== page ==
A vessel will trial the newly-expanded Panama Canal from 27 June as part of the project which will cut journey time and distance for new US LNG producers selling into Asia.
It has not been an easy path and development of the expansion has been slow and more expensive than planned. Numerous problems included leaks that were detected in some of the locks during testing in September 2015.
But this week’s news shows progress has been made in this huge project – even if the global focus surrounding Panama is more on its financial affairs than its waterways.
The big news for LNG is that a chunk of US Gulf production will have access to a shorter, more direct route to key Asian buyers.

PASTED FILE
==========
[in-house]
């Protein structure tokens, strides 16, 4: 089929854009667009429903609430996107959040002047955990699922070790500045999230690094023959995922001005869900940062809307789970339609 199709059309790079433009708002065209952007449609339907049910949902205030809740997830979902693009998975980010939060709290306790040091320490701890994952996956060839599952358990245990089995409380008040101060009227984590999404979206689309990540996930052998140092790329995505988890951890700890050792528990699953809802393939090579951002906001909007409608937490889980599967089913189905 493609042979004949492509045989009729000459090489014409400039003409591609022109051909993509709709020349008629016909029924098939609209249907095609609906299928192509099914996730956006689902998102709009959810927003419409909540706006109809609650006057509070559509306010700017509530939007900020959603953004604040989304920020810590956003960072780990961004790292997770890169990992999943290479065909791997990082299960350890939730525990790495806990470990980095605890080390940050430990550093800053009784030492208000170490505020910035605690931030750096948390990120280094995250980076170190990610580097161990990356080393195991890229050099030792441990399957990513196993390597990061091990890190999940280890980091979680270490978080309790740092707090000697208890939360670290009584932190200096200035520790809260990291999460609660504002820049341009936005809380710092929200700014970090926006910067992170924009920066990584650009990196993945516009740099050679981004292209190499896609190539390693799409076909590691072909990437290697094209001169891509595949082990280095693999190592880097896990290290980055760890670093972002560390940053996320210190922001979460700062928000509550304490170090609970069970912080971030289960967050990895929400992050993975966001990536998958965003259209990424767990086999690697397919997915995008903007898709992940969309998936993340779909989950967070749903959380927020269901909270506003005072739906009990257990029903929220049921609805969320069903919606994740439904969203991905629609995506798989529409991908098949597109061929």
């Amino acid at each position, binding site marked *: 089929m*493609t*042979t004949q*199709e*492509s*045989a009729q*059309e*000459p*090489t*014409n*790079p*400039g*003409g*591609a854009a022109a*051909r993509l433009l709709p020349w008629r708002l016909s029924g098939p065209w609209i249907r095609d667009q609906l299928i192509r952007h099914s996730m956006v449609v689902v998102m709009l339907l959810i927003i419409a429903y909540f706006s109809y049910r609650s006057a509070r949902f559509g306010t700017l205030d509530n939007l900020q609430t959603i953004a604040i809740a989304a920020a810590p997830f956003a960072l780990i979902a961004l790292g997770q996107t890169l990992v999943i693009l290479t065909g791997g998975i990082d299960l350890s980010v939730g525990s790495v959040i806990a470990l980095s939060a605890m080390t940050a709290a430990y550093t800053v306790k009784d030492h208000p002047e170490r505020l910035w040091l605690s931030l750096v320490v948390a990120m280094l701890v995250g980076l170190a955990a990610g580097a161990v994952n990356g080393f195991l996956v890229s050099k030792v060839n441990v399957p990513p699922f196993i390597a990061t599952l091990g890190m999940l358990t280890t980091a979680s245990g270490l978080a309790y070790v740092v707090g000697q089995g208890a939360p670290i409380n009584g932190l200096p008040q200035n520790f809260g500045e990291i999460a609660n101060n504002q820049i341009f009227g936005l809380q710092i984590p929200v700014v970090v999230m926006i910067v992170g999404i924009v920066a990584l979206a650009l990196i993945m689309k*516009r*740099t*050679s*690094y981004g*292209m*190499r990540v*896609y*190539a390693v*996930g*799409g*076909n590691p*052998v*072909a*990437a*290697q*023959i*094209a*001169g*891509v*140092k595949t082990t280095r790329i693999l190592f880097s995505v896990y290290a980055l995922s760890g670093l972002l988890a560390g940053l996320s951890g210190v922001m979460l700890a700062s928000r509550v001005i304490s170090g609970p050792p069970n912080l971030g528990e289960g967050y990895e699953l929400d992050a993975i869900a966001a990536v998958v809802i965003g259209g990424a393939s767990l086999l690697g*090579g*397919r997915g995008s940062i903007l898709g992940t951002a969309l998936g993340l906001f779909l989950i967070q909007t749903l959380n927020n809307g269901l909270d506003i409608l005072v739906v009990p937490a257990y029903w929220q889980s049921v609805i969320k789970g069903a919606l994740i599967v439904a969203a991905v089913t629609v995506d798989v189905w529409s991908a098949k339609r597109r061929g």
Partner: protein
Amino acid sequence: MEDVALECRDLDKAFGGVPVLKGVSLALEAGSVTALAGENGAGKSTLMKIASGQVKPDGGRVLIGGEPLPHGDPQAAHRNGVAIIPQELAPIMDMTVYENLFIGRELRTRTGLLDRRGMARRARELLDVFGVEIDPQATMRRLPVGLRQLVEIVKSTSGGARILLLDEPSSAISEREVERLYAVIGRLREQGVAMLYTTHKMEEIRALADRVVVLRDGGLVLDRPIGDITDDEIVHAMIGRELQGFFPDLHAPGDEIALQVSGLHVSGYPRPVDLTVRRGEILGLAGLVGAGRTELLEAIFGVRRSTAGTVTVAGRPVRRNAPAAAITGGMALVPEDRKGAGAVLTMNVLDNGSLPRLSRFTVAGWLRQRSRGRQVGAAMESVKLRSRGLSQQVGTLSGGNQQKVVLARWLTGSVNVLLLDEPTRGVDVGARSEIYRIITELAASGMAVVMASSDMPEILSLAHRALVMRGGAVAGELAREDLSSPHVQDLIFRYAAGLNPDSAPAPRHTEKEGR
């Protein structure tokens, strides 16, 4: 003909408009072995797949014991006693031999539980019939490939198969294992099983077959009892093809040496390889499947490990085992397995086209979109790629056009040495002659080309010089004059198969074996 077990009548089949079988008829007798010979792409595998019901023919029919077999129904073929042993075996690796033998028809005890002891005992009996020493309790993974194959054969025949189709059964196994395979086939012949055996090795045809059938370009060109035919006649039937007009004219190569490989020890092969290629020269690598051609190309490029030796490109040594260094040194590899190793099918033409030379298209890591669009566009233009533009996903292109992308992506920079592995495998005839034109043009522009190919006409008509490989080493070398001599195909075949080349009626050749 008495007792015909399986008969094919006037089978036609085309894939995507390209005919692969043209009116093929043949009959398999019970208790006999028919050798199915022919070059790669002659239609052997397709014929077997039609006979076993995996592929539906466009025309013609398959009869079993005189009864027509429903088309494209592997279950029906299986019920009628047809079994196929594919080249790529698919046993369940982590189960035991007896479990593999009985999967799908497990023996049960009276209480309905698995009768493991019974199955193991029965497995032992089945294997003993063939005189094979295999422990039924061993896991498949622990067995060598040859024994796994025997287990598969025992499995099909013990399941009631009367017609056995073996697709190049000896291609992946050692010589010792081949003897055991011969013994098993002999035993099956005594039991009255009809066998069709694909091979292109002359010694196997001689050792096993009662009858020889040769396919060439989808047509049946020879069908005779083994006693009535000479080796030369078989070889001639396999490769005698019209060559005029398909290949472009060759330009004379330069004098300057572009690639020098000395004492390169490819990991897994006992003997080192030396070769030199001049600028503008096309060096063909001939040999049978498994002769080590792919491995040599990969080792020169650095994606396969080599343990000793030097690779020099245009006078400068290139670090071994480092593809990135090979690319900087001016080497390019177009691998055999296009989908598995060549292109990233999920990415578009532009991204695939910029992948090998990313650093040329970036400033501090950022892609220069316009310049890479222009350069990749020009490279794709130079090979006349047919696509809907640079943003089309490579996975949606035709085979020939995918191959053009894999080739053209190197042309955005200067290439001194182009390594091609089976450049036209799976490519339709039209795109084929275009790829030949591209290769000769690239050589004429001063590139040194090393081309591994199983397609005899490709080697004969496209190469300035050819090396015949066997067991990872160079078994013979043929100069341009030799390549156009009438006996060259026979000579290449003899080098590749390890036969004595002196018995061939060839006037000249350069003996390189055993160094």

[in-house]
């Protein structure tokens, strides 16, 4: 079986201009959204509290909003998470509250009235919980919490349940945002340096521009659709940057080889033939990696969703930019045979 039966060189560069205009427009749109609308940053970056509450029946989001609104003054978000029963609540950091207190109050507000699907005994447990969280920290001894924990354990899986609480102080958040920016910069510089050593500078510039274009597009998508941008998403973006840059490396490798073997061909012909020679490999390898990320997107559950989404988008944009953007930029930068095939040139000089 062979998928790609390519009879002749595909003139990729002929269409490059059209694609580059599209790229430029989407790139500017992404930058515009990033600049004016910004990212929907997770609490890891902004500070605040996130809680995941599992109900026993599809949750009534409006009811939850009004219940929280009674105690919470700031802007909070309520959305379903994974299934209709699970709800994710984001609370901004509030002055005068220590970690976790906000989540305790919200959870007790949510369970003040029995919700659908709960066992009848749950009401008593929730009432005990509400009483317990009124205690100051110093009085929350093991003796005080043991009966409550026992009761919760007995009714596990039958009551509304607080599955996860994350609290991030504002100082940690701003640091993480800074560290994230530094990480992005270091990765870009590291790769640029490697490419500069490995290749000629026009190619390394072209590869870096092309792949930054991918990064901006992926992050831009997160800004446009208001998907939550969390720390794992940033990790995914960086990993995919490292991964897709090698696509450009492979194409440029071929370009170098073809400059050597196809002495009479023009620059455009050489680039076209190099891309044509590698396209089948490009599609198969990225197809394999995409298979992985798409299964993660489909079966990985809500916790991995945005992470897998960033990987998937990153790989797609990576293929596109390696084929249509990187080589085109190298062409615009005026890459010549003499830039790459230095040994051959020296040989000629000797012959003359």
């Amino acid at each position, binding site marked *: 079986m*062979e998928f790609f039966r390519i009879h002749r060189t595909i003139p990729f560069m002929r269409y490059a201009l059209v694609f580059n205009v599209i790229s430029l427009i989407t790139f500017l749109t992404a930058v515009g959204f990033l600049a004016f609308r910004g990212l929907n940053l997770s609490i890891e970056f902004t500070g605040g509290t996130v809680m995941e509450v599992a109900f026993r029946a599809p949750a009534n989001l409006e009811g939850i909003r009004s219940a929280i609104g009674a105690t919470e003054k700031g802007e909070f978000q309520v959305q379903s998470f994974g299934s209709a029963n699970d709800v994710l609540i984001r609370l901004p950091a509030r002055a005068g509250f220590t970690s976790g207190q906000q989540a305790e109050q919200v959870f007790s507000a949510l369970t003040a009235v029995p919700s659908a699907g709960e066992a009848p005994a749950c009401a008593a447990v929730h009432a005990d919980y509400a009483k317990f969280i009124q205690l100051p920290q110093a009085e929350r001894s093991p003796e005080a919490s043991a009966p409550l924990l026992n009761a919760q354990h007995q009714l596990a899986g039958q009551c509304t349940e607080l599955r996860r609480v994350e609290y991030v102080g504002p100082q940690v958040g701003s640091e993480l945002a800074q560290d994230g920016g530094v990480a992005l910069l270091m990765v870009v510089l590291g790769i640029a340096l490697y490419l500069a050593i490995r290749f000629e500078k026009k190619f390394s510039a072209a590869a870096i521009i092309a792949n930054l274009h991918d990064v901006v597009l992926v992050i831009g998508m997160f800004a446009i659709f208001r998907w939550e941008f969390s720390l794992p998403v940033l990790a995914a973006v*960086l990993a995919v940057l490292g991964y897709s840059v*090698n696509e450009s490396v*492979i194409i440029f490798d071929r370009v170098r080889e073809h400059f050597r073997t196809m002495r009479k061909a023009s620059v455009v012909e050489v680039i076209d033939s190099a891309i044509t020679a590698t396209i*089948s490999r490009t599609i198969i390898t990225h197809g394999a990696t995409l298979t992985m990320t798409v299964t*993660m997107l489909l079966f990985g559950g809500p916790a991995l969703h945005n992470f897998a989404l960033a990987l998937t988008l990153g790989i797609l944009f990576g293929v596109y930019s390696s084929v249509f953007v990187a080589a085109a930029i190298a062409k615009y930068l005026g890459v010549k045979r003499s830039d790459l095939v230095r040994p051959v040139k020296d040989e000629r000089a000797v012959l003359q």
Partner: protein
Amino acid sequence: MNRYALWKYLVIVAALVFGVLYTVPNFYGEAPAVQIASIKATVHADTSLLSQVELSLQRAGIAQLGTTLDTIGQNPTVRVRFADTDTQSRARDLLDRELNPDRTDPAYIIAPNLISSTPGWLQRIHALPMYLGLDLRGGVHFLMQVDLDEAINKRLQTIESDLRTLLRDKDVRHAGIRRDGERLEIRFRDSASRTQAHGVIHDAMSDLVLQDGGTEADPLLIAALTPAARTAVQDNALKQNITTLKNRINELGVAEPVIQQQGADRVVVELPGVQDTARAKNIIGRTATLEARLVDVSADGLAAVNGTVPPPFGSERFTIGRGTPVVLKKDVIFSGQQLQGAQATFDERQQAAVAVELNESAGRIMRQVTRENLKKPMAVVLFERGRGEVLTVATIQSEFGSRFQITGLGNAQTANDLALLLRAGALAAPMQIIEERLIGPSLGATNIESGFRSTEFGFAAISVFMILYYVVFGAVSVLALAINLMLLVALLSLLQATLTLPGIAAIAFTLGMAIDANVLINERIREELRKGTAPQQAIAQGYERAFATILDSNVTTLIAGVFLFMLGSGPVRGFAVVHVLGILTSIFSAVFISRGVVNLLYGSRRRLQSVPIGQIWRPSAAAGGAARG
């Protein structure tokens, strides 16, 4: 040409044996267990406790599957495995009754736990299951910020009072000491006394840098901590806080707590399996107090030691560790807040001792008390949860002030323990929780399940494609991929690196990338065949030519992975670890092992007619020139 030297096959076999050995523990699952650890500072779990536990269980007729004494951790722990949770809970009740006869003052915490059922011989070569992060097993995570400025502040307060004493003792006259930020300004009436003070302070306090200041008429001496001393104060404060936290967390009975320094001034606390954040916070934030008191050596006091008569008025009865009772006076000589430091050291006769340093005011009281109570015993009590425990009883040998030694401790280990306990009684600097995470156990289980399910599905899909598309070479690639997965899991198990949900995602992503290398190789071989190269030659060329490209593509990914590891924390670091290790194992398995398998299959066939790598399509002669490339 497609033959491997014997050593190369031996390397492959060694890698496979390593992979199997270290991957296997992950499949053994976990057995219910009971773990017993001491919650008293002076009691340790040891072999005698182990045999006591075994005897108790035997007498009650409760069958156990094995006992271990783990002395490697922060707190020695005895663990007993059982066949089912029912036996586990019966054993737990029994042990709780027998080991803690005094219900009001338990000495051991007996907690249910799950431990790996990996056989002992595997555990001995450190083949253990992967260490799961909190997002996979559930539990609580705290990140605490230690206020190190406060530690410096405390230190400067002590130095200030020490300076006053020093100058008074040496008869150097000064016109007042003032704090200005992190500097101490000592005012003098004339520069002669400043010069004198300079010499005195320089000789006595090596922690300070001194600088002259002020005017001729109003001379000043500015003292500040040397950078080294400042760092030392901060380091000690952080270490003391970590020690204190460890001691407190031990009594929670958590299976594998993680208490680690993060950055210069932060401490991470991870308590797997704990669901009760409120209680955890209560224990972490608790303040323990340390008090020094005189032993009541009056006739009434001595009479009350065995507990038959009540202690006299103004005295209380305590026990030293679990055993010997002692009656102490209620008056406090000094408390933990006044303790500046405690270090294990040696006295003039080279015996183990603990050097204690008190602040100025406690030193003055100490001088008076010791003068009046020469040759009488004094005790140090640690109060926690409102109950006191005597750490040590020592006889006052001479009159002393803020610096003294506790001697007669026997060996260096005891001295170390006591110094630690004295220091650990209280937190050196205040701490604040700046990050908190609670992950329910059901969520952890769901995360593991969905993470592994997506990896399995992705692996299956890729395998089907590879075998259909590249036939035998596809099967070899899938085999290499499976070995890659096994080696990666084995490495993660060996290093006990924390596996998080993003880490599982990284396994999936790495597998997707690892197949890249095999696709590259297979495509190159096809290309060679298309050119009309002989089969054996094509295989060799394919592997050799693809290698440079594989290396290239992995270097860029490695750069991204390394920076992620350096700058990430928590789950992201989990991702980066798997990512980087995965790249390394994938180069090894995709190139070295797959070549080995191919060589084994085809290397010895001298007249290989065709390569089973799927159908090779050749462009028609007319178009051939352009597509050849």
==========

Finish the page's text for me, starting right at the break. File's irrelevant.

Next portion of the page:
Assuming a travel speed of 18 knots – pretty typical for an LNG vessel – the number of days travelled from the US Gulf to Japan could look like this:
– From Sabine Pass to Tokyo ports via Panama: 21
– If travelling east through Suez: 33
– If travelling southeast and south of Africa: 36
The cost of heading through Panama will be offset by the time, fuel and charter costs saved.
The only problem? Demand for LNG in east Asia is weak and more local Australian plants continue to ramp up new production.
And before we become too focused purely on shipping economics and market fundamentals here is a link to the launch of a very large vessel. It’s certainly not common place in the LNG industry but a reminder of the good old-fashioned way of getting a ship from the land to the sea: